Though we may be film school rejects, one person who definitely didn’t get turned away at admissions when he signed up for classes was Werner Herzog. The director has been an artist in residence at Dartmouth College for the past semester, working with film students on their projects and giving screenings and seminars on his own films.
Now, it seems that Herzog college-hopped over to the University of Vermont for a special exercise in student filmmaking — as in he’s making his own student film. University of Vermont professor Peter Gruner Shellenberger, a visiting lecturer in film and photography, took some of his students up to Dartmouth to hear Herzog speak at one of his screenings. In a surprisingly bold move, Shellenberger brought with him a Super-8 camera preloaded with film and presented it to the director like some kind of holy offering (presumably down on one knee), and asked him to make a film for his class.
Oddly enough, Herzog said yes and took the camera back in to whatever cave of dreams Werner Herzog lives. Granted, he’s known for making strange films, but taking it back to Film 102 is a bit more different than usual. And two weeks after being presented with the camera, Herzog made good on his word and returned it to Shellenberger in the mail along with a roll of unexposed roll of film still sitting inside. He included a few instructions to go along with it, because life is mysterious and full of whimsy.
What should happen is the following: please develop the film and hand it over to your students. My demand is the following: they have to make films, collectively or individually, which should include my footage. Obviously, they do not need to take everything, nor in the order I filmed the material.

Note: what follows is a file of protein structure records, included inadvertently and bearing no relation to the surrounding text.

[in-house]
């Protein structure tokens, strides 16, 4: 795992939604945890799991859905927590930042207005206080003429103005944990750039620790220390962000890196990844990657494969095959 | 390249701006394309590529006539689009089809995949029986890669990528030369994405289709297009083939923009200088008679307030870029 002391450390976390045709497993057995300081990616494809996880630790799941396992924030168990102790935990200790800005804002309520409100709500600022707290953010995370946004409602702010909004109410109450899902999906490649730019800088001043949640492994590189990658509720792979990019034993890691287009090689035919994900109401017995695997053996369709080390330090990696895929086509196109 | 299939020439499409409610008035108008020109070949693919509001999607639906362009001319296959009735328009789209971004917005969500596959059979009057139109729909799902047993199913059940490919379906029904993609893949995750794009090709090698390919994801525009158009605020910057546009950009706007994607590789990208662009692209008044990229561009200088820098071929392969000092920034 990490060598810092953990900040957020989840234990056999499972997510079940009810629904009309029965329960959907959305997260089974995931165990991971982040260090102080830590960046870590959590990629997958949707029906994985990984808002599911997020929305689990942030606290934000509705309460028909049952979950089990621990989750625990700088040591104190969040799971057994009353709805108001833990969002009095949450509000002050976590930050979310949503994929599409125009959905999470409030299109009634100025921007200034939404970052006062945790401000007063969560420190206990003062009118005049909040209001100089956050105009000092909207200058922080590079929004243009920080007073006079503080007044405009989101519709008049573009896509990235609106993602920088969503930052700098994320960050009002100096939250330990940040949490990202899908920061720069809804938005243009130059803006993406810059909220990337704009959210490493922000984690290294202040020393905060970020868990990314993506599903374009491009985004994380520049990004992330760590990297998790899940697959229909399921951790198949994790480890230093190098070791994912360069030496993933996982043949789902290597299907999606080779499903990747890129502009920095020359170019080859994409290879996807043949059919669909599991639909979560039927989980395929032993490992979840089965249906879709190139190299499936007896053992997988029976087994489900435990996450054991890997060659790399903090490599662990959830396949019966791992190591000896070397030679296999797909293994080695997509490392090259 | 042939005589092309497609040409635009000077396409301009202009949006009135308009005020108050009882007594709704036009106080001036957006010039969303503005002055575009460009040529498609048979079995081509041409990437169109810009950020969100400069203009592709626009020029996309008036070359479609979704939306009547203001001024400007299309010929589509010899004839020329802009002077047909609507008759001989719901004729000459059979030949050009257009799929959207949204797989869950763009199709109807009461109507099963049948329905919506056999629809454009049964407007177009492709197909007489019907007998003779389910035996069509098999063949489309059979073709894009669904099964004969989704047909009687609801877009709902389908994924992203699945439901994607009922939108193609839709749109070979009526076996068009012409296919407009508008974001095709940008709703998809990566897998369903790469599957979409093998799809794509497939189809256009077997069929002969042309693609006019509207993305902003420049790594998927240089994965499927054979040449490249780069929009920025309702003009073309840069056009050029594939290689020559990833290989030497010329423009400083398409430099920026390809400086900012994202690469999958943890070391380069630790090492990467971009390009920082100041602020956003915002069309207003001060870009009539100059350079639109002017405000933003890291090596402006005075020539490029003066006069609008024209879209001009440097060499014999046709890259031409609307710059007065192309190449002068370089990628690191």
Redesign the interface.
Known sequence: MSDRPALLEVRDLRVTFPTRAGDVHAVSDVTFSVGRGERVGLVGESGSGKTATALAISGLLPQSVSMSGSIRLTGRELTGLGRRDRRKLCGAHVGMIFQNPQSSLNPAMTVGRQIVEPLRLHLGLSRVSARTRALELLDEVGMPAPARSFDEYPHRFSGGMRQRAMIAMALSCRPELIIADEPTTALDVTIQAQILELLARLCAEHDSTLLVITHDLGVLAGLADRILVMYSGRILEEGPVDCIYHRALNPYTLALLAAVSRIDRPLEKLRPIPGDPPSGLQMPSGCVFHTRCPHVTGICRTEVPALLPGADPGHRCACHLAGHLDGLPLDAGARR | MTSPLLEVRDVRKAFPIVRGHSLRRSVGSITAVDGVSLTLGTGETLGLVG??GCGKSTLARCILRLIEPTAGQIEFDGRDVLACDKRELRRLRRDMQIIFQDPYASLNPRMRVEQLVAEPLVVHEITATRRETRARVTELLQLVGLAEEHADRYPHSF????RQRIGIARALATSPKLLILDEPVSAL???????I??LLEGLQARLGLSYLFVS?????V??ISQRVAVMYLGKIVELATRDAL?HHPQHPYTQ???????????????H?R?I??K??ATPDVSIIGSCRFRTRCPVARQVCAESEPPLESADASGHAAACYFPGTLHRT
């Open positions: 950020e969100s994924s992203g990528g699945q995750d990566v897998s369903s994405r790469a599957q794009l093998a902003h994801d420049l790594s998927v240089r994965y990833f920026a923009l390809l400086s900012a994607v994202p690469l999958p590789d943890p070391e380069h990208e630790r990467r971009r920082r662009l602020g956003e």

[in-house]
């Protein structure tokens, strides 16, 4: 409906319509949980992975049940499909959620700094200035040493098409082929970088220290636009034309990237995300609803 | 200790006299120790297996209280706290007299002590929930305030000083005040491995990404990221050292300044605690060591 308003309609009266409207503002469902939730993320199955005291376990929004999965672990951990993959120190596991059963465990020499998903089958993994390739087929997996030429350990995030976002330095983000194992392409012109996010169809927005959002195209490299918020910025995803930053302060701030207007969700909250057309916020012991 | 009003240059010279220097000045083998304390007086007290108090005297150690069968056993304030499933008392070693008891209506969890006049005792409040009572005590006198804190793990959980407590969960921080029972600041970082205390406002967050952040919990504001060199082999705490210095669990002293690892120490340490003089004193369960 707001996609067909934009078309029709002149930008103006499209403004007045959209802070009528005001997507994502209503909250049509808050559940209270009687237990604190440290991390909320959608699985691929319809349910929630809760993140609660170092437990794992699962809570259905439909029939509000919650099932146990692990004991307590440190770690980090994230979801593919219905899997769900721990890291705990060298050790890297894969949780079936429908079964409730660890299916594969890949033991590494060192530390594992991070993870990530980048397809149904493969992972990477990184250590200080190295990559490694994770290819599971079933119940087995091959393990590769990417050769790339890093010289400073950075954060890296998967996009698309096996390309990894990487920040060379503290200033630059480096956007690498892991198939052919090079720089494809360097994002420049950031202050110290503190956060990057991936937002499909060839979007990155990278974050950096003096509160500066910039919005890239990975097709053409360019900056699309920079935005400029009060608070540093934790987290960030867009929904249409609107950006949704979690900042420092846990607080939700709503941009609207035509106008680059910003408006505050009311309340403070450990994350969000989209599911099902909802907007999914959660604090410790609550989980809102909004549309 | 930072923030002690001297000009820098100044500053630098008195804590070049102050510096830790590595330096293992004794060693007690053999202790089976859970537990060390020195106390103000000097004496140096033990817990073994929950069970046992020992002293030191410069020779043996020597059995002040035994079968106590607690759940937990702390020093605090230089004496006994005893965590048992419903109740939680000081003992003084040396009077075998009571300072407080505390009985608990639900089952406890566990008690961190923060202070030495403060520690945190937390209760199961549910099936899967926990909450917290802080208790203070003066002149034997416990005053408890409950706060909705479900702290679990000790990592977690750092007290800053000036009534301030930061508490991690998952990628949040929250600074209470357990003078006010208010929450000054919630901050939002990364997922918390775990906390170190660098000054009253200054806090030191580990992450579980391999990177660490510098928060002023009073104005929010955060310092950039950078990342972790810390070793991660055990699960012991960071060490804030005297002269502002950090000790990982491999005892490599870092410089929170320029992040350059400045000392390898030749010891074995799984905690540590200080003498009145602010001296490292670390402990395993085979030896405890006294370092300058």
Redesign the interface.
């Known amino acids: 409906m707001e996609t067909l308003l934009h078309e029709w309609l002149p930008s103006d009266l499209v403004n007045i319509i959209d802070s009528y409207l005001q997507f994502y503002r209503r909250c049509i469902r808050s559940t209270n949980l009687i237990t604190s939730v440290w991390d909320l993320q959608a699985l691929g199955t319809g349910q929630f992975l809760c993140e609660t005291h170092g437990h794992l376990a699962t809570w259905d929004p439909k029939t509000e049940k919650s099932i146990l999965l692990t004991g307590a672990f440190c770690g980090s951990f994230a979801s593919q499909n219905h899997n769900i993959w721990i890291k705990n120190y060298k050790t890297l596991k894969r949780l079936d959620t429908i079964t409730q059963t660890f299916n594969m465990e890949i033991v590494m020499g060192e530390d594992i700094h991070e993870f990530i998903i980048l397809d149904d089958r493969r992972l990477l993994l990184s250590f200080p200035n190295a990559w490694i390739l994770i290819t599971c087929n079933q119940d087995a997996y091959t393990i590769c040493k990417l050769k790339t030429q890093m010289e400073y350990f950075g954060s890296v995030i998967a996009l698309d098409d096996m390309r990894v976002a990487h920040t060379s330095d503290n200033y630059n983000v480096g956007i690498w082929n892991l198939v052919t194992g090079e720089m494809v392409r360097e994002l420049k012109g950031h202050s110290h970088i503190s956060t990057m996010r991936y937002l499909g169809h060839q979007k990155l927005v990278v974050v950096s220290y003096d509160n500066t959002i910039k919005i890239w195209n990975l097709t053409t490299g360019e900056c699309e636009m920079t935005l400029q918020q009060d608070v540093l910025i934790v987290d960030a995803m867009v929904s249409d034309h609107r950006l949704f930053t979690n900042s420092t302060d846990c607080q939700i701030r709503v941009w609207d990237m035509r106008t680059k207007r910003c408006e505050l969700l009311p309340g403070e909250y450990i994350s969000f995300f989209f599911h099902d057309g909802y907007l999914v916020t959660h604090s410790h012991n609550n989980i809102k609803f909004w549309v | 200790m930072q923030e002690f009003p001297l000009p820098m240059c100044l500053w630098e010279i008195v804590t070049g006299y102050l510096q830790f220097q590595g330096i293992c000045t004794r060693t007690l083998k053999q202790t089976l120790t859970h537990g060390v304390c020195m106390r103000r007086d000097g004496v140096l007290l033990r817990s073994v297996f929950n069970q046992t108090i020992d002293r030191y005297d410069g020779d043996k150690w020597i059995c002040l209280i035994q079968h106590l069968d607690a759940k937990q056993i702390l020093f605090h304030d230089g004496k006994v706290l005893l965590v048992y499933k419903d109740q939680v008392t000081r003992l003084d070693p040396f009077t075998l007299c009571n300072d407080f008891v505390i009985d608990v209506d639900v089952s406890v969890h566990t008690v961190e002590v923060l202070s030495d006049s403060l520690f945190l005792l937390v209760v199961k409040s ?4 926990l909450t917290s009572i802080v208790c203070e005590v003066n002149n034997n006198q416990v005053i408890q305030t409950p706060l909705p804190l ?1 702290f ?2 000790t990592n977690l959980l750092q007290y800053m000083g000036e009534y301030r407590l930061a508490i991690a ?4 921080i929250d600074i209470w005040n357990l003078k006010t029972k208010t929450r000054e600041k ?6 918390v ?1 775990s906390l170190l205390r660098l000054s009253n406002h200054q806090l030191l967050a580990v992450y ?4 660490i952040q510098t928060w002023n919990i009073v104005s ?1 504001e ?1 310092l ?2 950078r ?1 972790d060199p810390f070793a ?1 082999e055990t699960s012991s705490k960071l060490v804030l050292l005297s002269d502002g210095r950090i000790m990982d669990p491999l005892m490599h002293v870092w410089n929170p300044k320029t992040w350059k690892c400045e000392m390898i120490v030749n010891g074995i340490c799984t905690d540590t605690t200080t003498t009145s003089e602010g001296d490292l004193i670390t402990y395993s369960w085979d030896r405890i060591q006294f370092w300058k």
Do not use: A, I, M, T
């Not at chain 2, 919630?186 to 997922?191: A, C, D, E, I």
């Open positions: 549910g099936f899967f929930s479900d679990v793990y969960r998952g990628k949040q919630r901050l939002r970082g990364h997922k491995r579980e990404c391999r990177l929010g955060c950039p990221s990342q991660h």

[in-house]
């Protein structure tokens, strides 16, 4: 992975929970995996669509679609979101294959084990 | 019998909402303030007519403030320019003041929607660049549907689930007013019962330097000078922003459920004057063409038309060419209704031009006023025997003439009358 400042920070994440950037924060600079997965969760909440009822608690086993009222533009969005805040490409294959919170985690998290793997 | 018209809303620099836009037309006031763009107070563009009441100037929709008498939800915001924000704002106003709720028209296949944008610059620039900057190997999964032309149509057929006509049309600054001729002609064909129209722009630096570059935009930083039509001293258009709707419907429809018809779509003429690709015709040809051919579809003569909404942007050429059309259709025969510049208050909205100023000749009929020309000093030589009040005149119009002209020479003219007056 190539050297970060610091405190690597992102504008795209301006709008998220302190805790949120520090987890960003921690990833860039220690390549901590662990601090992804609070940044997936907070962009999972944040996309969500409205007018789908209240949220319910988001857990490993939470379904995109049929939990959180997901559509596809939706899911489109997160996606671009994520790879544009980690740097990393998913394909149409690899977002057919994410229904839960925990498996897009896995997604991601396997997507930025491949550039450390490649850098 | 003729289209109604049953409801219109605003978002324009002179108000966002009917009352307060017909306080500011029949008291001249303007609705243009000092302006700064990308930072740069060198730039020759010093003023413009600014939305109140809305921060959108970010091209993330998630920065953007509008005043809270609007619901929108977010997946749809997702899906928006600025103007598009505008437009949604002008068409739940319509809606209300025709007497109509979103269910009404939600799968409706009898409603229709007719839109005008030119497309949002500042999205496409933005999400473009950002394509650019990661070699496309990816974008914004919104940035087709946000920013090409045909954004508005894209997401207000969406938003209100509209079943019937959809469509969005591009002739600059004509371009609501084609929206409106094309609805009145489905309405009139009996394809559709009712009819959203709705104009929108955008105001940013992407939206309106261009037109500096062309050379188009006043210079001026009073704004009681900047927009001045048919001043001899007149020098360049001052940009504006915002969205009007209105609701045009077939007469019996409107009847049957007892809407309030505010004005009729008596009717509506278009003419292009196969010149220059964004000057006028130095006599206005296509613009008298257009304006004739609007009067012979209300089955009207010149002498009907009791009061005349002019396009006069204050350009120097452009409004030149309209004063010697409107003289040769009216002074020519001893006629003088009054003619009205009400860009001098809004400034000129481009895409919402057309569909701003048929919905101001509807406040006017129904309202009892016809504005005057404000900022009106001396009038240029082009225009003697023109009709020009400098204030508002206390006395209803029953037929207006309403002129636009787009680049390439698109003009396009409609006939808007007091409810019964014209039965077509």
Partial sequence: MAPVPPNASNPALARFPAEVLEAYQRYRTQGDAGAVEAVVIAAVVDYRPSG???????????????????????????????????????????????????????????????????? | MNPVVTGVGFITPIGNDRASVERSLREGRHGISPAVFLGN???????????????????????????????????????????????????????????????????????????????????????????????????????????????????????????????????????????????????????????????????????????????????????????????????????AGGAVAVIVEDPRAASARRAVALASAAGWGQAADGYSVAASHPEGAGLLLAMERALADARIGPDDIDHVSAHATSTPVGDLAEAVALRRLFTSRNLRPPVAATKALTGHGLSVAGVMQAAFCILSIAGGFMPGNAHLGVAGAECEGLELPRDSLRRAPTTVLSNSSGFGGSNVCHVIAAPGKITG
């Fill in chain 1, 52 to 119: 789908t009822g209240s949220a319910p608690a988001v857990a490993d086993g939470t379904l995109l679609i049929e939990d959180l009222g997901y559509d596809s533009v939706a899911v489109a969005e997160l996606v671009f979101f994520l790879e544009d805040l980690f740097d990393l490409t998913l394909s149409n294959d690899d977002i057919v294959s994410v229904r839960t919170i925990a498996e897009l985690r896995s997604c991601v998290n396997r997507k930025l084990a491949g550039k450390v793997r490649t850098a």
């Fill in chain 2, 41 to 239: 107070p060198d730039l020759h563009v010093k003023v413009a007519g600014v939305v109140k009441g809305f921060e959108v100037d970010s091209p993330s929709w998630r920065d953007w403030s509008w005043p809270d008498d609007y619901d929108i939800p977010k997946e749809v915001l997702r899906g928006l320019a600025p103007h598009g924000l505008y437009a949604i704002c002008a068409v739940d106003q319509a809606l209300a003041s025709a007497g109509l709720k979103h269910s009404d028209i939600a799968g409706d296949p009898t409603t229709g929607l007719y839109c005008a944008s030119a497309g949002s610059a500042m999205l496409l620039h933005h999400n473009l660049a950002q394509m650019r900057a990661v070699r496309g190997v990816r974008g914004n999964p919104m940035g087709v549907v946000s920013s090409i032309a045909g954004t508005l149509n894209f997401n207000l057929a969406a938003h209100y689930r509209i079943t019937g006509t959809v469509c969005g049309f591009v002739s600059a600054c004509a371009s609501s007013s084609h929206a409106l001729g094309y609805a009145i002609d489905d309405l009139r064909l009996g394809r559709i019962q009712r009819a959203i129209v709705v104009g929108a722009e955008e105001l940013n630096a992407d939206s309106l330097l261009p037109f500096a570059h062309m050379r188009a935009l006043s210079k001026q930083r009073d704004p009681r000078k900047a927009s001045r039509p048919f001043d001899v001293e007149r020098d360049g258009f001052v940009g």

The title of their film/films has to be WHERE’S DA PARTY AT?
In my footage this appears in one of the graffiti, and at least this portion of the text should appear in the film, or all the films.
Can you imagine if Werner Herzog demanded to know from you where da party at? According to Shellenberger, the whole affair was a great success, a melding of the minds between the director and a bunch of college students who report that he’s a “really nice guy.” It’s a fascinating project that, as the professor points out, almost compares to Herzog’s own Grizzly Man — a film that largely used someone’s else’s footage (Timothy Treadwell) to make up a compelling new narrative. Now, these students have Herzog’s footage from Where’s Da Party At? to inspire an entire new crop of material.
Unfortunately, us normal people will never get to find out exactly where the party is located, because Herzog has stipulated that his footage only be shown in the context of the student films and not as a stand-alone movie. However, the students are “free to roam with their films that incorporate his footage,” and presumably compile a reel coming out of film school to make their peers green with envy.